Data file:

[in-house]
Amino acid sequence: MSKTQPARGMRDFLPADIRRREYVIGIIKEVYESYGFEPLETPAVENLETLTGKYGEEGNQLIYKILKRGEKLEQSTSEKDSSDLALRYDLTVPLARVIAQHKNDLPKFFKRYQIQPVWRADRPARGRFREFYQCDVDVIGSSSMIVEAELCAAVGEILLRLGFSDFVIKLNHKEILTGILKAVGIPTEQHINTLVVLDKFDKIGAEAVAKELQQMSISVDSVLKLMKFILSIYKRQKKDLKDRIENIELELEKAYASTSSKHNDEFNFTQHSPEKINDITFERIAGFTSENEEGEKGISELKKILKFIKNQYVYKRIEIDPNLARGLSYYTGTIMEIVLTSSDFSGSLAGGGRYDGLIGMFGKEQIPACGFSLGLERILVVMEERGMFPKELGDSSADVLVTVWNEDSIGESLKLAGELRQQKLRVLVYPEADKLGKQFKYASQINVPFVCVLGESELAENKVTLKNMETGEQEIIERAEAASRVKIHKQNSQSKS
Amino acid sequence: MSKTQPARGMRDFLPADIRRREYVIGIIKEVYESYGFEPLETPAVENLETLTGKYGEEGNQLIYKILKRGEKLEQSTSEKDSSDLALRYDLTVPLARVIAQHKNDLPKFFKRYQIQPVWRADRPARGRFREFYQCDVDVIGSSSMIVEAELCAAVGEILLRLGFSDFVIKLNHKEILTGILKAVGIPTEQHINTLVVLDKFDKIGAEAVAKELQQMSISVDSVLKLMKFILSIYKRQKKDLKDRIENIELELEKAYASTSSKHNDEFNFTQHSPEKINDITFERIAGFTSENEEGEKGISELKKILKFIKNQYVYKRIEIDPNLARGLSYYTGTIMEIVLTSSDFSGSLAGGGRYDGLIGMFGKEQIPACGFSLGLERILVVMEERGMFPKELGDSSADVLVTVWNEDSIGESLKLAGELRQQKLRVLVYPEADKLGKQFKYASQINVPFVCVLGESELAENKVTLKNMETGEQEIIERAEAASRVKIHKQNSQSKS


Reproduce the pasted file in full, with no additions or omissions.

[in-house]
Amino acid sequence: MSKTQPARGMRDFLPADIRRREYVIGIIKEVYESYGFEPLETPAVENLETLTGKYGEEGNQLIYKILKRGEKLEQSTSEKDSSDLALRYDLTVPLARVIAQHKNDLPKFFKRYQIQPVWRADRPARGRFREFYQCDVDVIGSSSMIVEAELCAAVGEILLRLGFSDFVIKLNHKEILTGILKAVGIPTEQHINTLVVLDKFDKIGAEAVAKELQQMSISVDSVLKLMKFILSIYKRQKKDLKDRIENIELELEKAYASTSSKHNDEFNFTQHSPEKINDITFERIAGFTSENEEGEKGISELKKILKFIKNQYVYKRIEIDPNLARGLSYYTGTIMEIVLTSSDFSGSLAGGGRYDGLIGMFGKEQIPACGFSLGLERILVVMEERGMFPKELGDSSADVLVTVWNEDSIGESLKLAGELRQQKLRVLVYPEADKLGKQFKYASQINVPFVCVLGESELAENKVTLKNMETGEQEIIERAEAASRVKIHKQNSQSKS
Amino acid sequence: MSKTQPARGMRDFLPADIRRREYVIGIIKEVYESYGFEPLETPAVENLETLTGKYGEEGNQLIYKILKRGEKLEQSTSEKDSSDLALRYDLTVPLARVIAQHKNDLPKFFKRYQIQPVWRADRPARGRFREFYQCDVDVIGSSSMIVEAELCAAVGEILLRLGFSDFVIKLNHKEILTGILKAVGIPTEQHINTLVVLDKFDKIGAEAVAKELQQMSISVDSVLKLMKFILSIYKRQKKDLKDRIENIELELEKAYASTSSKHNDEFNFTQHSPEKINDITFERIAGFTSENEEGEKGISELKKILKFIKNQYVYKRIEIDPNLARGLSYYTGTIMEIVLTSSDFSGSLAGGGRYDGLIGMFGKEQIPACGFSLGLERILVVMEERGMFPKELGDSSADVLVTVWNEDSIGESLKLAGELRQQKLRVLVYPEADKLGKQFKYASQINVPFVCVLGESELAENKVTLKNMETGEQEIIERAEAASRVKIHKQNSQSKS